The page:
Once we had finally convinced ourselves to stop eating (a non-trivial task, under the circumstances), people wandered to the rec room to play Winter Olympics on the Wii. Outside, it was snowing. What, you thought we'd go out and get all gushy about how pretty the white stuff was? It was freaking cold out there. Winter walks are for tourists. Now is the time to move about indoors.

Things I learned:
  • It's been over twenty years since it was my job to cook for my mother and brothers, and therefore it's high time I stop spicing my chili to suit their (ultra-bland) chili preferences. Cayenne here we come.
  • It is possible to keep eating after the inside of your mouth goes numb, so long as you are happy.
  • I suck at both real and virtual archery.
  • I need to expand my collection of industrial music. Badly.

09 February 2010

enough to create insomnia

I have never been a morning person. Even as a five-year-old child, I had a hard time getting to sleep at my prescribed bed-time, and I hated getting out of bed. This is not necessarily because I'm asleep in the morning; often I'm awake, but I'd just rather stay in bed. I can enjoy the warmth, the cushiness, and read a book, check my e-mail via my internet tablet, or even just stare out the bedroom doorway and admire how nicely the pale blue-green paint on the bedroom walls goes with the bright red couch and creamy pale yellow paint in the living room.

Ironically — okay, it's past ironically, so cruelly —I have always had jobs which required me to be at work dead early, earlier than most of the other cubicle-dwellers. I'm very fortunate to be at a job I like right now, and one of the things I like about it is that there are enough early starters that no-one comments on when I come in. In previous jobs I was always one of the first ones, and some lark would always praise me for it. It's hard to be gracious and say thank you when you're double-checking your caffeine intake is sufficient and trying not to think of how much you'd rather be lying in at home, finishing the book you're reading.

Supposedly there are Lots of Studies out there proving that larks are more successful than night owls like me. I don't doubt it. They're always waking me up too early, while I have to be careful not to disturb them at night. So I lose sleep while they don't. Think about it — why are noise regulations all about keeping quiet at night, but not in the morning during those last few crucial hours to sleep?

The other things larks do is pile on the list of things that could become Successful Habits if only you got up just a teensy bit earlier. Here's my list of things morning people tell me to do in the morning:
  • exercise: 30 minutes plus 10 minutes to change in and out of exercise gear (40 minutes total)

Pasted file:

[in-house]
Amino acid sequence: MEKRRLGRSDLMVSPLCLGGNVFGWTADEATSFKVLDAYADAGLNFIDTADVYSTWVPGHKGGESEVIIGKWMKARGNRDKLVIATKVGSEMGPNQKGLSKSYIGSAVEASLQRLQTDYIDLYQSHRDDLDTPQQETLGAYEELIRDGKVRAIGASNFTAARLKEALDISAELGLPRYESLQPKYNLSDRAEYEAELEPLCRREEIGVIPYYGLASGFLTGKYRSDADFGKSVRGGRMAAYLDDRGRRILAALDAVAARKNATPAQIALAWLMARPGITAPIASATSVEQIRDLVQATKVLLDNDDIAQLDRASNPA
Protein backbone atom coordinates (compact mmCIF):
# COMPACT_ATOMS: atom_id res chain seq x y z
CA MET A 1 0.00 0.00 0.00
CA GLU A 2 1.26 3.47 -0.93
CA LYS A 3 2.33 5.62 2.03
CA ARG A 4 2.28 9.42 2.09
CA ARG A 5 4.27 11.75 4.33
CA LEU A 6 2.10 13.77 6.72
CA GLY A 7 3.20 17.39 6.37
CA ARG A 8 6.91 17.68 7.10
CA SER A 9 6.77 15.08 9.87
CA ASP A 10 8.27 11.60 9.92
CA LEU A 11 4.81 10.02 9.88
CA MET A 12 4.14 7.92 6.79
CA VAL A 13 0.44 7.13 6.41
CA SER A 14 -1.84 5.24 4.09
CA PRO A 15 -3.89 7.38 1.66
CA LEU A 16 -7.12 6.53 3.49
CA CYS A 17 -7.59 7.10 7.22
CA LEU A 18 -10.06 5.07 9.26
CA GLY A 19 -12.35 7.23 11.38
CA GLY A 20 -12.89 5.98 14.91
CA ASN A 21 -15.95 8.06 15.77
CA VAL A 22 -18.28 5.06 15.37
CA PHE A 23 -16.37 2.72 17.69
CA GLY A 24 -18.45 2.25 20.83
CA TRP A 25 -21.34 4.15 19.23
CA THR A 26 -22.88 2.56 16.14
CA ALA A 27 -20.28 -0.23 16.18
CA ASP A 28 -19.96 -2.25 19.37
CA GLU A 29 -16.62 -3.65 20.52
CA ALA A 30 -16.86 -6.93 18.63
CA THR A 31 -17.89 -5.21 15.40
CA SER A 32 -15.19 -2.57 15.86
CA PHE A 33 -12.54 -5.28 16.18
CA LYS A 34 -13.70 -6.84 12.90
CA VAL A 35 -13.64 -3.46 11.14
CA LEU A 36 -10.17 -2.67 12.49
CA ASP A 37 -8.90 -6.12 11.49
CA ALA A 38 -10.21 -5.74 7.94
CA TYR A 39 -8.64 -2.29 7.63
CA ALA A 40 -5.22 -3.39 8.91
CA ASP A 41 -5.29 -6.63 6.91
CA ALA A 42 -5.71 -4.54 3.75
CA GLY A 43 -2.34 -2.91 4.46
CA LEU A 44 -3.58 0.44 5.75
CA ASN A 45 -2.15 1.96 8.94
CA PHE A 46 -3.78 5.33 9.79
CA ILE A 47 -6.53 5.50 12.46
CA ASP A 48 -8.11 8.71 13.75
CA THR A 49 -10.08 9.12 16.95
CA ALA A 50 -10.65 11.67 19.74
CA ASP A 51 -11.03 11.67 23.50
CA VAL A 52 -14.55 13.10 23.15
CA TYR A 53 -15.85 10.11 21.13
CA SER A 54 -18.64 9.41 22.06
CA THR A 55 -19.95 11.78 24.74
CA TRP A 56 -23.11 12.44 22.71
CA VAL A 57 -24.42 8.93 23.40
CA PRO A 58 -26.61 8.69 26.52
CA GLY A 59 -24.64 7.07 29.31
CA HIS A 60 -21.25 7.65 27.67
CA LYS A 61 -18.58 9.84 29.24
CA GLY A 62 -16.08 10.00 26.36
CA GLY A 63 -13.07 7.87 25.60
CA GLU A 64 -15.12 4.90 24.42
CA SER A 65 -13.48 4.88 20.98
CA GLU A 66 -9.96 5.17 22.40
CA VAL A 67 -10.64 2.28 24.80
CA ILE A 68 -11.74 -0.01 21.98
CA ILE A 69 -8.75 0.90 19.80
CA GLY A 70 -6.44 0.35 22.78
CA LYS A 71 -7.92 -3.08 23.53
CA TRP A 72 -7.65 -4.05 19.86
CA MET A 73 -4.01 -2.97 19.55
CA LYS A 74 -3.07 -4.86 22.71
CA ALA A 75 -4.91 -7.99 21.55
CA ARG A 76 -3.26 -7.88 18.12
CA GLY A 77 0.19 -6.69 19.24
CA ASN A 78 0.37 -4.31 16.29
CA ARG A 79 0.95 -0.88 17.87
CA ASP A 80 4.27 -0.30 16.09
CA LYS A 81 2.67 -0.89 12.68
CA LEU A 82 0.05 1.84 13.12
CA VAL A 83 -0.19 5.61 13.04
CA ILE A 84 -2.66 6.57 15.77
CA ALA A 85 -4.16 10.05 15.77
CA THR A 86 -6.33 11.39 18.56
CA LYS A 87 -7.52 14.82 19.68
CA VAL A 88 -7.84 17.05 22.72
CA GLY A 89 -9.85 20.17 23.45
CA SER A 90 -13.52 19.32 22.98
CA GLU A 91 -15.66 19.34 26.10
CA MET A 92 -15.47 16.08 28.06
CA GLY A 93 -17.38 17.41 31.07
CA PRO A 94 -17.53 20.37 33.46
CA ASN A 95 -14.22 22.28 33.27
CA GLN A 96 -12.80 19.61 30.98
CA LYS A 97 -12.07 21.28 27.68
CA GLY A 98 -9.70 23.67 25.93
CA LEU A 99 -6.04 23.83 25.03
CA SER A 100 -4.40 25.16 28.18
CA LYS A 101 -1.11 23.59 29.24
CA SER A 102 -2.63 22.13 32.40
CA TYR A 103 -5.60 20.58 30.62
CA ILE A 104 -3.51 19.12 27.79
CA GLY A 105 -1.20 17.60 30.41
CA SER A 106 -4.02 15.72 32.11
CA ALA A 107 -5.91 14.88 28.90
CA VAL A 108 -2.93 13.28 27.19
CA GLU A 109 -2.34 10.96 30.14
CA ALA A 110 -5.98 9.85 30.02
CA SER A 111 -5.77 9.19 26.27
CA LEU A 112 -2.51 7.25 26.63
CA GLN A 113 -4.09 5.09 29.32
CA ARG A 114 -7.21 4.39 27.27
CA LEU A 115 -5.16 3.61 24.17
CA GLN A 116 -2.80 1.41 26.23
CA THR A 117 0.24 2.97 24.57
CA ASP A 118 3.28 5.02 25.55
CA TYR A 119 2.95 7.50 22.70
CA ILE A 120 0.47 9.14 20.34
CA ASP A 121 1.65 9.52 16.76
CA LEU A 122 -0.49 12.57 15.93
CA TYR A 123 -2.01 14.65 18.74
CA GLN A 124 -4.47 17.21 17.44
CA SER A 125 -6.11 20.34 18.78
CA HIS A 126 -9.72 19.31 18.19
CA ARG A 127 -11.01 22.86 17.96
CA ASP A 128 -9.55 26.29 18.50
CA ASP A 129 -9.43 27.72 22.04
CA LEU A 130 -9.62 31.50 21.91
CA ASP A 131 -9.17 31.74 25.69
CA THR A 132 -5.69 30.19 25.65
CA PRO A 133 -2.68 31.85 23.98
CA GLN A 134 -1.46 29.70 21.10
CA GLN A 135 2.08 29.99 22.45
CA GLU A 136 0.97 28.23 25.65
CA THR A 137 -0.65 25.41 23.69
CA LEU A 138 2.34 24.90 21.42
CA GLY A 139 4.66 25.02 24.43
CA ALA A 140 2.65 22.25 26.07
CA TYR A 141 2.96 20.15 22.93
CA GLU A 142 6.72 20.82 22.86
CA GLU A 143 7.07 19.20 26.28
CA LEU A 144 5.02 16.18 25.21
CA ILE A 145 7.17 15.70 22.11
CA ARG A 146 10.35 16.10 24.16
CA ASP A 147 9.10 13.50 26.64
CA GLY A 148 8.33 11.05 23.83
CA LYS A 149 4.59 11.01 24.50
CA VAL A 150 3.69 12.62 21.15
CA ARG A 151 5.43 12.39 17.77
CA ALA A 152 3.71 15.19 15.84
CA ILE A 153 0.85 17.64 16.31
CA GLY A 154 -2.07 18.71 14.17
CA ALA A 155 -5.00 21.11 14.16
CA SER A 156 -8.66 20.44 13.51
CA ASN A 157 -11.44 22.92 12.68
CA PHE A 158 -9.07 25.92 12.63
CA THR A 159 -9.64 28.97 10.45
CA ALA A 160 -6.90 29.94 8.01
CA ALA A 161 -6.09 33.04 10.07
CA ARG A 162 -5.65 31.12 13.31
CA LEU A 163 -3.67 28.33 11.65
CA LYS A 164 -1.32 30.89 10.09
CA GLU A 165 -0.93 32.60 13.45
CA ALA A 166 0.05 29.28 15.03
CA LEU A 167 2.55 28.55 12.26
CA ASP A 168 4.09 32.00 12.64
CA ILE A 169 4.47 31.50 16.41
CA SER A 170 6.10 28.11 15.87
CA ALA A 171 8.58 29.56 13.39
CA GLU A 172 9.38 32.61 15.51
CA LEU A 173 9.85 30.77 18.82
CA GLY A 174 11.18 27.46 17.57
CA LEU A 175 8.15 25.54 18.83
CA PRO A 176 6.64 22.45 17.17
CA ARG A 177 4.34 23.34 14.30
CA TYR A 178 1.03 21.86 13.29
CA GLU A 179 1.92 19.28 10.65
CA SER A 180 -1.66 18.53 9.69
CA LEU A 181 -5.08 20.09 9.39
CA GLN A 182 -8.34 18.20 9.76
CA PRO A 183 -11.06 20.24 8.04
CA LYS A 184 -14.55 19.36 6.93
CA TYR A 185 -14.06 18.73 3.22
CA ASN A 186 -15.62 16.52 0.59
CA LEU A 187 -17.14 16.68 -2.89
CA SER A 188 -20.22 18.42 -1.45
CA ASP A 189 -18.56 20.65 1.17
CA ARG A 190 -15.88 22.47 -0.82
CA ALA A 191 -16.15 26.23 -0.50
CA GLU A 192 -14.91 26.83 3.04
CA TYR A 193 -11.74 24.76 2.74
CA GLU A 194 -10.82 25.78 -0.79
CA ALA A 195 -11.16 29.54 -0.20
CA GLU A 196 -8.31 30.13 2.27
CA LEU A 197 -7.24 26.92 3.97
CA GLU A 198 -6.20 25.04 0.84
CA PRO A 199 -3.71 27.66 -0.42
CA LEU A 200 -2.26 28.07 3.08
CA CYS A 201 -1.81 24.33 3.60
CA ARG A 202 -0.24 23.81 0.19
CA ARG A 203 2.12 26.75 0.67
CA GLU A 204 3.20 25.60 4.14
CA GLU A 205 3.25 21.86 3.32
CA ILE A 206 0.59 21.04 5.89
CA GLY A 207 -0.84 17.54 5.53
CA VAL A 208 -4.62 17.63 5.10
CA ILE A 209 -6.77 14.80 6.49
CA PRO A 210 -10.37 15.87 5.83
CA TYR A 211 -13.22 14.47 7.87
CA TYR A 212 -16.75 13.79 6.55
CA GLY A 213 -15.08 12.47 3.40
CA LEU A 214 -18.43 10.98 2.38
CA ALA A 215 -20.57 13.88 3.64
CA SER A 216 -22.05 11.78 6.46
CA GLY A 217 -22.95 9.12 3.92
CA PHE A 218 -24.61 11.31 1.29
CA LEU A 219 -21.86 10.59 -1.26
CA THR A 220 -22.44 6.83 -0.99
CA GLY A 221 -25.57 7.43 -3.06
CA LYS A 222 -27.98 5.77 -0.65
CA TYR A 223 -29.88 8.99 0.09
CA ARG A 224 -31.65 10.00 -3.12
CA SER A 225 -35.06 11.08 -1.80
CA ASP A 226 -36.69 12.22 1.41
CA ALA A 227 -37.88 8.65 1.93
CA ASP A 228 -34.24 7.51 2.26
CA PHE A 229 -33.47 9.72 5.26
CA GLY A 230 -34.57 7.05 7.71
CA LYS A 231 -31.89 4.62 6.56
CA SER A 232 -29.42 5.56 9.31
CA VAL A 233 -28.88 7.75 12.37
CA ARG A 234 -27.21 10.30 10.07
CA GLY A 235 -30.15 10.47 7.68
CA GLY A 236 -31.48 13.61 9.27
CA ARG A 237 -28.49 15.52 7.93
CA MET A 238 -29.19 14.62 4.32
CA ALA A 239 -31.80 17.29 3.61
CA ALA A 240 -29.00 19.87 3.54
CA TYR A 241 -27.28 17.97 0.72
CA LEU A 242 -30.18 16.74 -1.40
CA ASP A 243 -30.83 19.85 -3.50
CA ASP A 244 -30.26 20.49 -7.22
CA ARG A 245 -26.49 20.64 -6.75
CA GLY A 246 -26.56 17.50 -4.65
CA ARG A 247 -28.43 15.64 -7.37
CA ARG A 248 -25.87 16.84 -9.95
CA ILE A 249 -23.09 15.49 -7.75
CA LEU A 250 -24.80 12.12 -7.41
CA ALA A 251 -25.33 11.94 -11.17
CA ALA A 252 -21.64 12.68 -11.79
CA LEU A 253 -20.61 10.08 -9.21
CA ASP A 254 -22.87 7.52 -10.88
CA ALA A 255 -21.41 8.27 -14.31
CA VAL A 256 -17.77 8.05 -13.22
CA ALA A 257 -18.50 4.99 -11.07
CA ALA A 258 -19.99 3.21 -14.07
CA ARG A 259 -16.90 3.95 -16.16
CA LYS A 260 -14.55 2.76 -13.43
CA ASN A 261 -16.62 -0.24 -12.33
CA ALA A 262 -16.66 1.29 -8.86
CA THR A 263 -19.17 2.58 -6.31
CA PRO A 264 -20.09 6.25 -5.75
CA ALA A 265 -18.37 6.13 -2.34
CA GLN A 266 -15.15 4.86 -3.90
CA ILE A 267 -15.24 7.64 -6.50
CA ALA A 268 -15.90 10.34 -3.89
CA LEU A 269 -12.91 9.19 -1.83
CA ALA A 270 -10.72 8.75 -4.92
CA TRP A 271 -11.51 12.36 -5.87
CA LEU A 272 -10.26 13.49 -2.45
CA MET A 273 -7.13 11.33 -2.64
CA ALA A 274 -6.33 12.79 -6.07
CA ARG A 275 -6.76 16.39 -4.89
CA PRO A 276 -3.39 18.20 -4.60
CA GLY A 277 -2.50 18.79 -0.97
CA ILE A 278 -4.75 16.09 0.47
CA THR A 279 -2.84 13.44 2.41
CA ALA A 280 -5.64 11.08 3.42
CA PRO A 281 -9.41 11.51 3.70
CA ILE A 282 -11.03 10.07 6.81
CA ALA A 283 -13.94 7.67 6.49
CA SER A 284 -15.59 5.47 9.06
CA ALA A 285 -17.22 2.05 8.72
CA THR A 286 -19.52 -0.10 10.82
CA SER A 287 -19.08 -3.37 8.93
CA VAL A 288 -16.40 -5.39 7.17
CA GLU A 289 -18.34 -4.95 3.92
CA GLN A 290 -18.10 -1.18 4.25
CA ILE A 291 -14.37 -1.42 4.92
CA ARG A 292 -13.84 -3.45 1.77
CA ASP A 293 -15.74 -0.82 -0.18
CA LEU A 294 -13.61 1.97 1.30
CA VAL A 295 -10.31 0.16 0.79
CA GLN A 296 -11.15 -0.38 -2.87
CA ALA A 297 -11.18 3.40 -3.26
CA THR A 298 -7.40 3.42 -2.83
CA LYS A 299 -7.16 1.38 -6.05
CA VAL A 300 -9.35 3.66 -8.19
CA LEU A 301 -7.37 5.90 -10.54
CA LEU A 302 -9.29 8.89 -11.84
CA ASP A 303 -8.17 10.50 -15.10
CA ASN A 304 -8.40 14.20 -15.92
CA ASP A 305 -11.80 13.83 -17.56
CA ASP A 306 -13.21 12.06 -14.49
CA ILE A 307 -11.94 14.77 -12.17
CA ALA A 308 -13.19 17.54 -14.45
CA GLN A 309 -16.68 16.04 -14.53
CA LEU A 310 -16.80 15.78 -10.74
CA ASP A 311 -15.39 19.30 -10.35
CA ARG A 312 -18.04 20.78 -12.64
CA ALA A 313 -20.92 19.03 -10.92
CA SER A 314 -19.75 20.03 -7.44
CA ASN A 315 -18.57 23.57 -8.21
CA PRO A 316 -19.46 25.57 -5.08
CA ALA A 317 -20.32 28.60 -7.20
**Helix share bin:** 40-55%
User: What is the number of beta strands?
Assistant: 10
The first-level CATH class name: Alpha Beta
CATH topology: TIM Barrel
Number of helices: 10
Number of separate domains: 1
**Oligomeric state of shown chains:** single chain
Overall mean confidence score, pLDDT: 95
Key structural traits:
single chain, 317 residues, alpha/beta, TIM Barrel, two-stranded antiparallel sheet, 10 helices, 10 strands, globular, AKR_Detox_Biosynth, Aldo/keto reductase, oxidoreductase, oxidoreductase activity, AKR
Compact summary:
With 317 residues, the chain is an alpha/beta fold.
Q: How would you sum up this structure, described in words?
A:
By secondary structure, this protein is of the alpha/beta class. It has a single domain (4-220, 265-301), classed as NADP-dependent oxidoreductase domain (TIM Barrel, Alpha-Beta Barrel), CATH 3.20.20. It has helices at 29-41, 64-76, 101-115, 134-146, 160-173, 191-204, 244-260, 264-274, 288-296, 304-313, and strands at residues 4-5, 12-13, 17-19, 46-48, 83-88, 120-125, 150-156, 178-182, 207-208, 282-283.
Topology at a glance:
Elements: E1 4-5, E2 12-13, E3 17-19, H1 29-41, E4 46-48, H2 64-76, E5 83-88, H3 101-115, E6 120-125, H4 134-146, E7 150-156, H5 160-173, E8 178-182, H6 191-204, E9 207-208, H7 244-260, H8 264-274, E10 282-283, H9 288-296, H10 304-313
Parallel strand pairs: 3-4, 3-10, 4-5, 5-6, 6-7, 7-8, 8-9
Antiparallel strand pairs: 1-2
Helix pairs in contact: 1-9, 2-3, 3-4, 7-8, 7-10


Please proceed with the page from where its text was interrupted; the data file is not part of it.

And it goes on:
• write morning pages (15 minutes). In real life, every time I try to do this, I fall asleep in my writing-spot and it takes me more like 45 minutes. But let's say 15 to do it as prescribed.
  • have a nutritious hot breakfast, cooked fresh, and eat it (30 minutes — 15 to cook, 15 to eat)
  • meditate (15 minutes)
  • work on my novel (60 minutes)
All that adds up to... 160 minutes, or 2 hours and 40 minutes.

I do not move quickly in the morning. Today, this night-owl's alarm clock goes off at 5:15am. So if I added in extra time to do all that larky stuff, I would have to get up at... 2:30am?

2:30am. That's not a waking-up time. That's a going-to-bed time.

And for the pseudo-larks out there who like to toss their heads, smile smugly, and say, "Oh, that. I always get that ready the night before so I don't have to worry about it in the morning," there's already lots to do in the evenings and on weekends. Adding on to that total another 160 minutes of tasks doesn't help.

So what to do? Work smarter, not harder, I suppose. I have my own list of tricks for how to get things done. What about yours?

02 February 2010

my so-called real life

I've been one of those people who's "into" computers since I was about twelve, so I'm not quite sure what's been going on lately, but it's like this: I just haven't been using my computer at home every day.

There, I said it.

What have I been doing instead? All the stuff I would normally do off a computer, just more of it. I've been taking long walks. I've been cooking. I've been reading more books. I've been knitting. I have been thinking about my writing, although I have not actually been doing any — more like visualisation exercises or focused daydreaming. So I feel like I've been writing even though I haven't been.

I've been getting my internet fix every morning when the alarm on my tablet goes off at 5:15am (ugh), and I wake up by checking my e-mail and the weather.

The tablet usage itself might explain what's going on. The tablet only gets powered down when it needs to be rebooted (once, maybe twice a week). Compared to that instant access, starting up my laptop — even though Ubuntu has a decent startup time —seems to take ages. Even though I ditched my desk over a year ago and always compute from the comfort of my living room couch, the tablet is a lot smaller, a lot less demanding.

Do I want to join the ranks of Luddites who only use computers because their jobs demand it, or just to pay bills and reserve library books? Absolutely not. Before I kept everything on a laptop, I kept everything in a single paper notebook, and I know the electronic version is much better for me.

Starting last week, though, I've started to feel the need to put myself out there again. I've been tweeting more. I've been commenting on blogs more. I wrote a rant on my DIY blog, and now have these musings here.

Maybe it's been an involuntary sabbatical. Do you ever feel like you just need to get away from the virtual crowds for a while?